The Airbus concept plane
Future-gazing by Airbus created radical blueprints for concept planes and aircraft interiors. Learn more about the technologies and innovations that will make these concepts a reality and step into an engineer's dream…
Technological advances featured in the Airbus concept plane
Longer and slimmer wings better glide through the skies, as the flow of air over the wing surface reduces drag and in turn, improves fuel efficiency.
New lightweight 'smart' materials sense the load they are under, making for a lighter aircraft that draws less fuel and curbs emissions.
New manufacturing methods will reduce the cost and environmental impact of building the aircraft despite the new advance materials and complex shapes.
Engines will be more reliable, quieter and fuel-efficient. The positioning of the engines, at the rear and semi-embedded, fully optimises the aircraft for lower fuel burn. The engine placement also boosts cabin comfort through decreased noise levels. The engines can be incorporated into the aircraft body because technological advances will have reached such a level that superior engine reliability will diminish the need for immediate access to its components.
The fuselage (central body of the aircraft) is no longer a simple tube but is curved and shaped to provide more internal space for various cabin configurations, with better aerodynamics outside to improve flight. The fuselage and entire aircraft structure is manufactured entirely from composite to take advantage of the easy-to-shape characteristics of the material.
Entrance/exit doorways are double doors to allow for faster, easier boarding.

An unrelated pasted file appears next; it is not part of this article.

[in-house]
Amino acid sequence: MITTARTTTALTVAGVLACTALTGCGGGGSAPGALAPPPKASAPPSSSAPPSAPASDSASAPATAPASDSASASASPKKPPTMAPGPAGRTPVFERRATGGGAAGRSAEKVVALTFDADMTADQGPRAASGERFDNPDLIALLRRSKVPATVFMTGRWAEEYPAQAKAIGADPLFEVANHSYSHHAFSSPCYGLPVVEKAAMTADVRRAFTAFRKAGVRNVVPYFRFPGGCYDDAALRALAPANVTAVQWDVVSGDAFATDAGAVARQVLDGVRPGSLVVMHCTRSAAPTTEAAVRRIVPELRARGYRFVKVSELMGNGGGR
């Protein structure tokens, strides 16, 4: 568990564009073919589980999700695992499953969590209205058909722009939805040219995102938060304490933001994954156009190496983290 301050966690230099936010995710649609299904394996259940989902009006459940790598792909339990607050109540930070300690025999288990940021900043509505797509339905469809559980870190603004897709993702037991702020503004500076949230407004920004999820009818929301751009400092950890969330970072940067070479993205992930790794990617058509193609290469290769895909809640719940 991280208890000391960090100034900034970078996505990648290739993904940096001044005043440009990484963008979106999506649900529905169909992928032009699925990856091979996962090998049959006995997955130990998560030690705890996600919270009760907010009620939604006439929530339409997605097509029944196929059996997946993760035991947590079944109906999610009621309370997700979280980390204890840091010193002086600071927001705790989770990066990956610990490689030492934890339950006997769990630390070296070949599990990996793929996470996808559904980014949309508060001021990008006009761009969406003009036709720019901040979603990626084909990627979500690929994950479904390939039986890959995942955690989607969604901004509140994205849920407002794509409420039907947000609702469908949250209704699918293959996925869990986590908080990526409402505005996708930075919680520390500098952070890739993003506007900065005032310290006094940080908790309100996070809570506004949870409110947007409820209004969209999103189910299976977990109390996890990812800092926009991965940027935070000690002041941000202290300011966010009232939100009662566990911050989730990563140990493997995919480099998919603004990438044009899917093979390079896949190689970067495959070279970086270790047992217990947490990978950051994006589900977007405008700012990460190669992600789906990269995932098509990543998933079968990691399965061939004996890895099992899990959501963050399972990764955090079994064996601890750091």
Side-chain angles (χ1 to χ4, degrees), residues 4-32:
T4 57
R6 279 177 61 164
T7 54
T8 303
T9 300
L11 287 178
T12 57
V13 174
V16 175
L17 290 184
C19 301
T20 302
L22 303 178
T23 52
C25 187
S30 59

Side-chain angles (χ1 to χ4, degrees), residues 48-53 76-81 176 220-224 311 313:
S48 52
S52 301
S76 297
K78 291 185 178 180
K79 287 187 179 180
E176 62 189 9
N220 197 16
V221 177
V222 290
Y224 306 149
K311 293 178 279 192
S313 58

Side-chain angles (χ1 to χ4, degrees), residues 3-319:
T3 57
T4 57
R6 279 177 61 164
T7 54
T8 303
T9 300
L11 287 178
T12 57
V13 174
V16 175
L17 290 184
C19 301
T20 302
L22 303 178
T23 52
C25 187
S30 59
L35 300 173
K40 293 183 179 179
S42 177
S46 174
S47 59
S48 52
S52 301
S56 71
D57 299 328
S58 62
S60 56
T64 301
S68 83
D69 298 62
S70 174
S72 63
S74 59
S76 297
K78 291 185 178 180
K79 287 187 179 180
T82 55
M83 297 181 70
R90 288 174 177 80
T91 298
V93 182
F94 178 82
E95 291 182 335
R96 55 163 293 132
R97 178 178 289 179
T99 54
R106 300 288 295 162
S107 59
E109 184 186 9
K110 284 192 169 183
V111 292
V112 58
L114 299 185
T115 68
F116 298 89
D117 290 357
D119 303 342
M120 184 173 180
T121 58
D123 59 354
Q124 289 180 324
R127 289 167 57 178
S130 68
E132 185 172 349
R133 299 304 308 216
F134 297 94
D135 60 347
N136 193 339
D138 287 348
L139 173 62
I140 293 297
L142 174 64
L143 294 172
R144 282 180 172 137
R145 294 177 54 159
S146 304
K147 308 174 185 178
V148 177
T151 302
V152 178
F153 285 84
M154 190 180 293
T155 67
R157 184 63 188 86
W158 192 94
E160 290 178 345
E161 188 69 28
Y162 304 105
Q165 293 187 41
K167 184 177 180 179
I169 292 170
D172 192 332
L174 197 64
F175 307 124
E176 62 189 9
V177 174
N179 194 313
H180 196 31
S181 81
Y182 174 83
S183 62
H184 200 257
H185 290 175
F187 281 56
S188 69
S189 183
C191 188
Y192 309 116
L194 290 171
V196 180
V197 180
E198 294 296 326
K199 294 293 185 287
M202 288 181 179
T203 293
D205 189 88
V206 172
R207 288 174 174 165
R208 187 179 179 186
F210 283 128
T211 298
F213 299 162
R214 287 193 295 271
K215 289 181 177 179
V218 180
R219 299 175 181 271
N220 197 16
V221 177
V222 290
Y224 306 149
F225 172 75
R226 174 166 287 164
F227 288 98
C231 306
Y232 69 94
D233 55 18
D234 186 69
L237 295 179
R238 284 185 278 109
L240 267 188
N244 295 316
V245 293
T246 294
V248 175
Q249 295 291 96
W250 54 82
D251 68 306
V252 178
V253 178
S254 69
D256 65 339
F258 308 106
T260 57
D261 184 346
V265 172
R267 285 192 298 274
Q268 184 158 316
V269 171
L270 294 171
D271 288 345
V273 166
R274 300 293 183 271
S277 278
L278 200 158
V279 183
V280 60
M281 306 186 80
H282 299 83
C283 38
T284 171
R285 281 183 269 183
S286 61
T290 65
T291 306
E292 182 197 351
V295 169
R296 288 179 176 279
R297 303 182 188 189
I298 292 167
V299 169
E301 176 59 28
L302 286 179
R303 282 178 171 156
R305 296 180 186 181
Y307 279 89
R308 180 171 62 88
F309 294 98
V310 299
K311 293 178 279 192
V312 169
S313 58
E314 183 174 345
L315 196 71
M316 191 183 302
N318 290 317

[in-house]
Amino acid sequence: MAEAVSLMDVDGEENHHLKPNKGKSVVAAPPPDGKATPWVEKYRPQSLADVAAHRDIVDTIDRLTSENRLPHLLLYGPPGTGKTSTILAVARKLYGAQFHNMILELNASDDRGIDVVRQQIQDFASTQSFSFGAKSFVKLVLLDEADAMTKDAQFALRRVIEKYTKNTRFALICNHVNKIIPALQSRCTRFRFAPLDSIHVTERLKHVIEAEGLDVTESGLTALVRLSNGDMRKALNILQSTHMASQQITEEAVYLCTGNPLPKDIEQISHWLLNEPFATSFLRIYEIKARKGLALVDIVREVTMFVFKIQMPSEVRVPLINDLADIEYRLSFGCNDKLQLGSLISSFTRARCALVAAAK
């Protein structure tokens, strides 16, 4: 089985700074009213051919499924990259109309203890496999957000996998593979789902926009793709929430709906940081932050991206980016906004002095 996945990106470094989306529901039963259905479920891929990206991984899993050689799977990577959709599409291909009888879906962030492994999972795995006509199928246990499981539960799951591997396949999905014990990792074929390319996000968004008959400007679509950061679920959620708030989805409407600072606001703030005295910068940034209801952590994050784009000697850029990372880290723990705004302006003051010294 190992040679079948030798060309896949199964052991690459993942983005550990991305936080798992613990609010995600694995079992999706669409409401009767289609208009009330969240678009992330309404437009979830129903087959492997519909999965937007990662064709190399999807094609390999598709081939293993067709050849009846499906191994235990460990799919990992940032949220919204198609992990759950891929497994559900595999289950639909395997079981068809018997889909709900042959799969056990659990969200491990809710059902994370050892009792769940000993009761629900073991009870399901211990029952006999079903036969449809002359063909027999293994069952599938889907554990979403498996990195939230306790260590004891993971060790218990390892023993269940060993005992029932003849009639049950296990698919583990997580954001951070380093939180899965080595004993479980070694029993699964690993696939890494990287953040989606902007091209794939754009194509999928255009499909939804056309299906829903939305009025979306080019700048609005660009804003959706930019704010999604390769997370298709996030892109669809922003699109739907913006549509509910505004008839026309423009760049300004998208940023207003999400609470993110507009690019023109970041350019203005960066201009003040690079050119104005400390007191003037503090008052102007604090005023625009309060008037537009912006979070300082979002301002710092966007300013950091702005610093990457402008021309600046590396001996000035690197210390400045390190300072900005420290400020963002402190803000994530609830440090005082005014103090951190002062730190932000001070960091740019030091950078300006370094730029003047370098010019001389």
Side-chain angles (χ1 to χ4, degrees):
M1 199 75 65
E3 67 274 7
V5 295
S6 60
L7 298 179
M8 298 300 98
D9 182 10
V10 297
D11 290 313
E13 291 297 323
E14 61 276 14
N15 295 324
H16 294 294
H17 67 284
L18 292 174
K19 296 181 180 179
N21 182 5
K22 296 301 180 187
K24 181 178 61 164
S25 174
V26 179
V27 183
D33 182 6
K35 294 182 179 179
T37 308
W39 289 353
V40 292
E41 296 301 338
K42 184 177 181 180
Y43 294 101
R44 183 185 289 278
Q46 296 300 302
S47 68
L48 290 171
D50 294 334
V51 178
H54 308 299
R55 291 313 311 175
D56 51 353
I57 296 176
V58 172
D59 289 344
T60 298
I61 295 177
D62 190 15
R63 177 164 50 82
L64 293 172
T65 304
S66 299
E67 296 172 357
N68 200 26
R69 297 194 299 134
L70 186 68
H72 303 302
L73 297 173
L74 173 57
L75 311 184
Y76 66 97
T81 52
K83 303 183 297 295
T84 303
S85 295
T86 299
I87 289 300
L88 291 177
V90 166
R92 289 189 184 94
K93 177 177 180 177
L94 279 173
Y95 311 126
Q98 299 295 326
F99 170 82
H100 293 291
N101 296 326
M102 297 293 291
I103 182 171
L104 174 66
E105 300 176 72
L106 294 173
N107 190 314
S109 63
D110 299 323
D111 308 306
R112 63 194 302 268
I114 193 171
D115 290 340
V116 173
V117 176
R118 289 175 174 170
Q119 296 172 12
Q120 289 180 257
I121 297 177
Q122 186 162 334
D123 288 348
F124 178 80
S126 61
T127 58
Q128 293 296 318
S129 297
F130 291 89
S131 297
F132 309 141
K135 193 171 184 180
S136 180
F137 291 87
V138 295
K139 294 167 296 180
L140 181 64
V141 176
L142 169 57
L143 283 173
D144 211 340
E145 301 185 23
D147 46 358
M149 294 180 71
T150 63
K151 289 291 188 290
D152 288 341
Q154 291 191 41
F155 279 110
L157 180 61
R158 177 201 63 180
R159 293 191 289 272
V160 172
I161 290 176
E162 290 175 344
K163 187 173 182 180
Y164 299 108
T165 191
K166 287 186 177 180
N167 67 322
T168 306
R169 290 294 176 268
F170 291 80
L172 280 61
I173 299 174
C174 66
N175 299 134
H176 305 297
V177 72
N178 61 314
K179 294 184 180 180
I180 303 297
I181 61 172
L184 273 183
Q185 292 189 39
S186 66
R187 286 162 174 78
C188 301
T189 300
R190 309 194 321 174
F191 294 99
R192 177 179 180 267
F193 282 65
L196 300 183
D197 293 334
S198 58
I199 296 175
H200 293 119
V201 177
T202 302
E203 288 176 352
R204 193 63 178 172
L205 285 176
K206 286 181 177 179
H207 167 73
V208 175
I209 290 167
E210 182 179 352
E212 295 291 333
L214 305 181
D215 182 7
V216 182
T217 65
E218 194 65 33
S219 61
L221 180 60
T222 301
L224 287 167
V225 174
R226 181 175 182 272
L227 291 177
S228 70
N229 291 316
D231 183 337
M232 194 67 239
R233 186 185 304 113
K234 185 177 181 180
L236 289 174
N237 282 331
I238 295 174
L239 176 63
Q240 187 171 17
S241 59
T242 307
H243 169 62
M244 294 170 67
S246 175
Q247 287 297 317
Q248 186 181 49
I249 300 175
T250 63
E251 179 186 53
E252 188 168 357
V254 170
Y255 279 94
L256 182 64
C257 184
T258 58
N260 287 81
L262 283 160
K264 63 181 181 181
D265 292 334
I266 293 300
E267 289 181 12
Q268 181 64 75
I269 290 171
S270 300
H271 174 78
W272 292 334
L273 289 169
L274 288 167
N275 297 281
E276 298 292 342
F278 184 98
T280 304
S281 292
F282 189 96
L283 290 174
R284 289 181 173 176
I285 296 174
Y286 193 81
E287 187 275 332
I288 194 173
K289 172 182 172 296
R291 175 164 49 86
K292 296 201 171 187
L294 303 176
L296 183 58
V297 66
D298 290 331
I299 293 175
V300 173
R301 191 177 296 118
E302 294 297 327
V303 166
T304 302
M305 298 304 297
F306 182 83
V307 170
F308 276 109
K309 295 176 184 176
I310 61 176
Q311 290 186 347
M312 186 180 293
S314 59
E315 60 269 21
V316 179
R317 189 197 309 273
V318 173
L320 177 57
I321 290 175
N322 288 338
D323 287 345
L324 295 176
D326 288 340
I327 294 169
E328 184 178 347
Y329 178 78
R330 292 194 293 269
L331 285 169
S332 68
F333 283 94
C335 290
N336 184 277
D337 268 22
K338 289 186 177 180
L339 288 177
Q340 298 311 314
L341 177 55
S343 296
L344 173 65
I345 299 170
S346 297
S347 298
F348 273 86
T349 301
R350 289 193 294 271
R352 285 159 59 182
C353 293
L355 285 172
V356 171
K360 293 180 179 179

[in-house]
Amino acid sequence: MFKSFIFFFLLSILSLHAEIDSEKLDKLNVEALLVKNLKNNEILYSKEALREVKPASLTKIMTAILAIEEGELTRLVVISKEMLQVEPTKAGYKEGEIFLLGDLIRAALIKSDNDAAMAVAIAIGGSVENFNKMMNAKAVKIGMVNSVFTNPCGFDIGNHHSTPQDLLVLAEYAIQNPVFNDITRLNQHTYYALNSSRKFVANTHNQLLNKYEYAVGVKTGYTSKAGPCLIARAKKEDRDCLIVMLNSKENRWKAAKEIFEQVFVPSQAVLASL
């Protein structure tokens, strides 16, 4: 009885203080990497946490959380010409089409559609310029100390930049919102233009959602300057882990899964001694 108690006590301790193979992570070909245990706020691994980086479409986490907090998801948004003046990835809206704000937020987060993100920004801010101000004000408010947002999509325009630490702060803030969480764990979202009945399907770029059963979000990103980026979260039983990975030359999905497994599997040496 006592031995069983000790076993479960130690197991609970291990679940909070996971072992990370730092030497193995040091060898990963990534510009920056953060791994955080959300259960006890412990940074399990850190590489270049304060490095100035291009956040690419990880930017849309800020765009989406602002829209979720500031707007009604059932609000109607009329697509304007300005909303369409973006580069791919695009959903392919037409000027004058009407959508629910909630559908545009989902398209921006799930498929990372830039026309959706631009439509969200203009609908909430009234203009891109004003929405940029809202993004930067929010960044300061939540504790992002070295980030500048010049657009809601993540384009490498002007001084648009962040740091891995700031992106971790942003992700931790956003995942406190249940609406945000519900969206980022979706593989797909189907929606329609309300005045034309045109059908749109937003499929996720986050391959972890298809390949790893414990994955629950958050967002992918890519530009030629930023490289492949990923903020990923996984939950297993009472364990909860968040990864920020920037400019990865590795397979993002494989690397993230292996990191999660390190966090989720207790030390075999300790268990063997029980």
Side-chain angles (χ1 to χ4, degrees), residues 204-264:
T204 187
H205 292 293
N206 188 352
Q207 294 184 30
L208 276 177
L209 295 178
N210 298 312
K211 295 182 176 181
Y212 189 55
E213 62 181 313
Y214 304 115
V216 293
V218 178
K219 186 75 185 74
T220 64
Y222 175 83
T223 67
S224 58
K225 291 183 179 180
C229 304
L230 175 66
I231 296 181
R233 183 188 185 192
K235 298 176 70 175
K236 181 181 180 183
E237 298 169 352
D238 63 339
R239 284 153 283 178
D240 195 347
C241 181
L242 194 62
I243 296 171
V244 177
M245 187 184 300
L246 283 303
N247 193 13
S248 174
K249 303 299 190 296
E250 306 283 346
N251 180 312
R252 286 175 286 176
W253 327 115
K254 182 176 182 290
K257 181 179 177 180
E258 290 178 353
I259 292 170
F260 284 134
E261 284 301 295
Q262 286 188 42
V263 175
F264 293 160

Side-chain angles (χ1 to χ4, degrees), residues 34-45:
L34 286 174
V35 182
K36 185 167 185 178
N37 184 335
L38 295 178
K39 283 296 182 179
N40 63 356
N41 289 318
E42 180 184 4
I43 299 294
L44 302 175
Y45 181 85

The empennage (tail section of the aircraft) is U-shaped, acting as a shield to reduce external noise pollution. The concept plane does not use a vertical tail, as seen on the planes of today. Vertical tails are required when engines are installed on the wings as they provide directional stability in case of engine failure. The engines of the future will have no risk of failure, eliminating the need for a vertical tail.
The electrical system will continuously monitor its own state of health, anticipating any need for maintenance and automatically scheduling this well in advance. Electronics and other systems on board will be entirely self-sufficient, requiring minimum to zero maintenance.
Getting the balance right
The Airbus Concept Plane brings together a package of technologies, which although feasible, are unlikely ever to coexist in this manner. So it is not a plane that will fly, but it stretches the imagination of engineers, it highlights some of the challenges and decisions that lie ahead for air travel, and it illustrates the main technologies being explored in anticipation of the future needs of passengers and their planet.
The Concept Plane is unique because it can bring together different technologies, without having to worry about the impact of one on the others - so it represents the best of all worlds.
In reality engineers have to find the best balance of technologies, depending on what the priorities are.
So for example, Chart 1 shows that if you introduce new technology that improves fuel burn, emissions and the passenger experience, the performance on noise, costs and productivity may be reduced.
Did you know?
"We surveyed over 10,000 people around the world who will be passengers in 2050 to ask what they want from the aviation industry in the future.
Their message was clear – we need to help as many people as possible share in the benefits that air transport brings, but we need to achieve this while looking after the environment."